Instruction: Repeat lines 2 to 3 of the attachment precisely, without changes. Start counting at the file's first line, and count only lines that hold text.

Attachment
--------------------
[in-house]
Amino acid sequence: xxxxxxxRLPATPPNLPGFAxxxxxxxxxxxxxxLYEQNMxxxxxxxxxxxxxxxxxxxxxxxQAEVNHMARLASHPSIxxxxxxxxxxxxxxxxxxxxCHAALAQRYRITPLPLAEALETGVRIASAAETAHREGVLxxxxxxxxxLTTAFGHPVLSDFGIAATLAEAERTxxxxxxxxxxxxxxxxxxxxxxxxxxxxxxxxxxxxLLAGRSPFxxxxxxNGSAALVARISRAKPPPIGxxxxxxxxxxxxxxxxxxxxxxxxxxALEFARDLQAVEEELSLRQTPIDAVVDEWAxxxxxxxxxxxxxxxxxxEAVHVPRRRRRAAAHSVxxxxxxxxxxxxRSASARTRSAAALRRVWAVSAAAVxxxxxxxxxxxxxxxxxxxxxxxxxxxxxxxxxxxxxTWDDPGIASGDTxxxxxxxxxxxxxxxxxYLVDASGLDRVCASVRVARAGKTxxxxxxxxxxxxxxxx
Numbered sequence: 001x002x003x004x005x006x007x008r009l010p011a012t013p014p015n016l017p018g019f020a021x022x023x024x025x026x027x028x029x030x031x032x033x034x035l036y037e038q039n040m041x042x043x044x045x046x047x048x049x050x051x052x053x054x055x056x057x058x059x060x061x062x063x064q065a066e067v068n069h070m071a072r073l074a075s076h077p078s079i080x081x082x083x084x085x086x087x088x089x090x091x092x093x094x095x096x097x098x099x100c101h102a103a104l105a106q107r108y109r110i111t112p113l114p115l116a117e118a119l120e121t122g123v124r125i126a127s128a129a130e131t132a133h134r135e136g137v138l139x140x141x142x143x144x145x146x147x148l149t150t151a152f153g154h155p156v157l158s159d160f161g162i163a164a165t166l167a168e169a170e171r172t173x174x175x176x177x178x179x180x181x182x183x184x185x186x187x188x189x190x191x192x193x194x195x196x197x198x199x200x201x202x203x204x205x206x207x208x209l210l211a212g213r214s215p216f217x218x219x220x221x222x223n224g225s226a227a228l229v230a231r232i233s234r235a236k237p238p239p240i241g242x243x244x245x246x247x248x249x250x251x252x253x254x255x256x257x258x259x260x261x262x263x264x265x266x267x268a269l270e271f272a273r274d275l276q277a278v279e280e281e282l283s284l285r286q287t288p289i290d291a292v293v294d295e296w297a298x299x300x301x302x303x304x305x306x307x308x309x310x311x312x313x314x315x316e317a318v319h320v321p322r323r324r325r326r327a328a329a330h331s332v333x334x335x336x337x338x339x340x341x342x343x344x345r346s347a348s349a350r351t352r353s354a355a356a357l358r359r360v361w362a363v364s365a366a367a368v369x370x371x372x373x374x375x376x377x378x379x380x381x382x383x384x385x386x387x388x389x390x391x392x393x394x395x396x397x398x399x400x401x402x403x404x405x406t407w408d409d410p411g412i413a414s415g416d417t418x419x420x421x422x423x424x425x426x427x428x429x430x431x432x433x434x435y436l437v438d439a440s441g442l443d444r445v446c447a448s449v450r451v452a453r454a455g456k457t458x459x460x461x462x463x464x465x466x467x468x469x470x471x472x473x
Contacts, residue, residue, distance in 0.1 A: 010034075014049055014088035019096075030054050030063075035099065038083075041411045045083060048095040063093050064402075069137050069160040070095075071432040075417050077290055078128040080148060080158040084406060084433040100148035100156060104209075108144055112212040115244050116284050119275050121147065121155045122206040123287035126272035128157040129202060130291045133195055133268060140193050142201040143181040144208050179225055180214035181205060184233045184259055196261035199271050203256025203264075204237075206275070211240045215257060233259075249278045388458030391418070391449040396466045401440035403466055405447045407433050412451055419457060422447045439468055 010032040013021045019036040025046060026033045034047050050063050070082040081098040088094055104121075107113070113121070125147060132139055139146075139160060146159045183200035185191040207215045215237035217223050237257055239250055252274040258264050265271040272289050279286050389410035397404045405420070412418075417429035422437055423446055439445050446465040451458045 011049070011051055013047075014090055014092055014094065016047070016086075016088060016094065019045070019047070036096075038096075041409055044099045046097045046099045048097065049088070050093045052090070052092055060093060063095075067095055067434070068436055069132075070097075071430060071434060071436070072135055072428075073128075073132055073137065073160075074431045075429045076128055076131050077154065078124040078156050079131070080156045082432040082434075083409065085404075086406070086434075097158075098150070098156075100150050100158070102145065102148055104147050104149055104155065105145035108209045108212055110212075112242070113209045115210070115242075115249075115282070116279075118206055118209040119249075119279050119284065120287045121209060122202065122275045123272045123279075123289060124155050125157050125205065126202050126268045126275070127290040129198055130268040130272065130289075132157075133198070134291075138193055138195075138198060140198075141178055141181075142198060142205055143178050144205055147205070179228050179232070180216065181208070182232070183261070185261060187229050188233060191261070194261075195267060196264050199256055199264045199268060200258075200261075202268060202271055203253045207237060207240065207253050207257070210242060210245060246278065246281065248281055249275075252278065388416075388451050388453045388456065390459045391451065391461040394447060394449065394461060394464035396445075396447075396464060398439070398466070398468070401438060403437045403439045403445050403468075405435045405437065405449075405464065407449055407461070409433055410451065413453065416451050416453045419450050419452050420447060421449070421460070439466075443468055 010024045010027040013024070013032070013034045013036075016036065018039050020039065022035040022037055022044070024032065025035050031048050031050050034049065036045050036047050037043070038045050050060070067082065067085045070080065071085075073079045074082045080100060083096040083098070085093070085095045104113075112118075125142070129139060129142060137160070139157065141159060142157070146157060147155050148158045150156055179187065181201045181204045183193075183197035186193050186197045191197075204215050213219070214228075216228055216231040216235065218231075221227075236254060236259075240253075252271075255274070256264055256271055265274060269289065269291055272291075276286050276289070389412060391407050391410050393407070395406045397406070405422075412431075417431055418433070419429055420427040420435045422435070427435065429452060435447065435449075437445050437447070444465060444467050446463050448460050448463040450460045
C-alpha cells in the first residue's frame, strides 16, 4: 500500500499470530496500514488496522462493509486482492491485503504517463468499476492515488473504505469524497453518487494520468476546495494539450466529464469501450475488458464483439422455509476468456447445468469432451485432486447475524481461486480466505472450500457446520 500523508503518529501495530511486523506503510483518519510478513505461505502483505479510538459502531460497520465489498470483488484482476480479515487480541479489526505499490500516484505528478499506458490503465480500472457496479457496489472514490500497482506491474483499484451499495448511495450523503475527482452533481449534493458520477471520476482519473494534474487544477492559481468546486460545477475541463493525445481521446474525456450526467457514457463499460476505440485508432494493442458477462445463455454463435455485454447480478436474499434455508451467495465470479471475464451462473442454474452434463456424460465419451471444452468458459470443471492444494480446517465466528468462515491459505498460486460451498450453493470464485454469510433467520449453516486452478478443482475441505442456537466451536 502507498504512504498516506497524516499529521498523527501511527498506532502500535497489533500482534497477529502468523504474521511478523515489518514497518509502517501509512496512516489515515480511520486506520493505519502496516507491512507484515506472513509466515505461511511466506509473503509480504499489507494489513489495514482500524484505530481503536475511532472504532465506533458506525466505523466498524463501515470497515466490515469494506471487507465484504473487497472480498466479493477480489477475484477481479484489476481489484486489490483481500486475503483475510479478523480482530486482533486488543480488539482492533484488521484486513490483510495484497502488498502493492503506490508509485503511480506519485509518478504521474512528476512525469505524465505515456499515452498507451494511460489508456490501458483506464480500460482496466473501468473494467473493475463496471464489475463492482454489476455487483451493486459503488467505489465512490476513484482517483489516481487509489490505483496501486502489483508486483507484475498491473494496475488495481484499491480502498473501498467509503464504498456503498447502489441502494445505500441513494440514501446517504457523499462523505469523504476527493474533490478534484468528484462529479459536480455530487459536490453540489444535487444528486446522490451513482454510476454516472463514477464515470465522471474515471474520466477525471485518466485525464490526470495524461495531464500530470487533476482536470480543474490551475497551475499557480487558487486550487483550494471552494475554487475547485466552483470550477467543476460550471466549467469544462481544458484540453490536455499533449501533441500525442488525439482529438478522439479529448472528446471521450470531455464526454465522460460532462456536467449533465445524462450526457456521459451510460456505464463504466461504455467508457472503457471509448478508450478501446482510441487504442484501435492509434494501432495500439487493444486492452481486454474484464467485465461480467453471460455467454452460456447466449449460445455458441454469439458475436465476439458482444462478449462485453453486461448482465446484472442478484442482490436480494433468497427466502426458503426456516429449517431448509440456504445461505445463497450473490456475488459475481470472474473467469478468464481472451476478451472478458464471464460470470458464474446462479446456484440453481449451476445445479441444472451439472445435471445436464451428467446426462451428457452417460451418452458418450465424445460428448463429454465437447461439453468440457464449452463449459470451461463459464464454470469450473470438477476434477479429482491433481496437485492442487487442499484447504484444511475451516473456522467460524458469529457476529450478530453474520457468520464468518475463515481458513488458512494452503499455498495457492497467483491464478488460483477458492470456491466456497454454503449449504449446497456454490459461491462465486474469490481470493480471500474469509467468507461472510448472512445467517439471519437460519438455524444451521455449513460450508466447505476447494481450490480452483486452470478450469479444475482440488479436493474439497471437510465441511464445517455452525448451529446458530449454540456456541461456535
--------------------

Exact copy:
Amino acid sequence: xxxxxxxRLPATPPNLPGFAxxxxxxxxxxxxxxLYEQNMxxxxxxxxxxxxxxxxxxxxxxxQAEVNHMARLASHPSIxxxxxxxxxxxxxxxxxxxxCHAALAQRYRITPLPLAEALETGVRIASAAETAHREGVLxxxxxxxxxLTTAFGHPVLSDFGIAATLAEAERTxxxxxxxxxxxxxxxxxxxxxxxxxxxxxxxxxxxxLLAGRSPFxxxxxxNGSAALVARISRAKPPPIGxxxxxxxxxxxxxxxxxxxxxxxxxxALEFARDLQAVEEELSLRQTPIDAVVDEWAxxxxxxxxxxxxxxxxxxEAVHVPRRRRRAAAHSVxxxxxxxxxxxxRSASARTRSAAALRRVWAVSAAAVxxxxxxxxxxxxxxxxxxxxxxxxxxxxxxxxxxxxxTWDDPGIASGDTxxxxxxxxxxxxxxxxxYLVDASGLDRVCASVRVARAGKTxxxxxxxxxxxxxxxx
Numbered sequence: 001x002x003x004x005x006x007x008r009l010p011a012t013p014p015n016l017p018g019f020a021x022x023x024x025x026x027x028x029x030x031x032x033x034x035l036y037e038q039n040m041x042x043x044x045x046x047x048x049x050x051x052x053x054x055x056x057x058x059x060x061x062x063x064q065a066e067v068n069h070m071a072r073l074a075s076h077p078s079i080x081x082x083x084x085x086x087x088x089x090x091x092x093x094x095x096x097x098x099x100c101h102a103a104l105a106q107r108y109r110i111t112p113l114p115l116a117e118a119l120e121t122g123v124r125i126a127s128a129a130e131t132a133h134r135e136g137v138l139x140x141x142x143x144x145x146x147x148l149t150t151a152f153g154h155p156v157l158s159d160f161g162i163a164a165t166l167a168e169a170e171r172t173x174x175x176x177x178x179x180x181x182x183x184x185x186x187x188x189x190x191x192x193x194x195x196x197x198x199x200x201x202x203x204x205x206x207x208x209l210l211a212g213r214s215p216f217x218x219x220x221x222x223n224g225s226a227a228l229v230a231r232i233s234r235a236k237p238p239p240i241g242x243x244x245x246x247x248x249x250x251x252x253x254x255x256x257x258x259x260x261x262x263x264x265x266x267x268a269l270e271f272a273r274d275l276q277a278v279e280e281e282l283s284l285r286q287t288p289i290d291a292v293v294d295e296w297a298x299x300x301x302x303x304x305x306x307x308x309x310x311x312x313x314x315x316e317a318v319h320v321p322r323r324r325r326r327a328a329a330h331s332v333x334x335x336x337x338x339x340x341x342x343x344x345r346s347a348s349a350r351t352r353s354a355a356a357l358r359r360v361w362a363v364s365a366a367a368v369x370x371x372x373x374x375x376x377x378x379x380x381x382x383x384x385x386x387x388x389x390x391x392x393x394x395x396x397x398x399x400x401x402x403x404x405x406t407w408d409d410p411g412i413a414s415g416d417t418x419x420x421x422x423x424x425x426x427x428x429x430x431x432x433x434x435y436l437v438d439a440s441g442l443d444r445v446c447a448s449v450r451v452a453r454a455g456k457t458x459x460x461x462x463x464x465x466x467x468x469x470x471x472x473x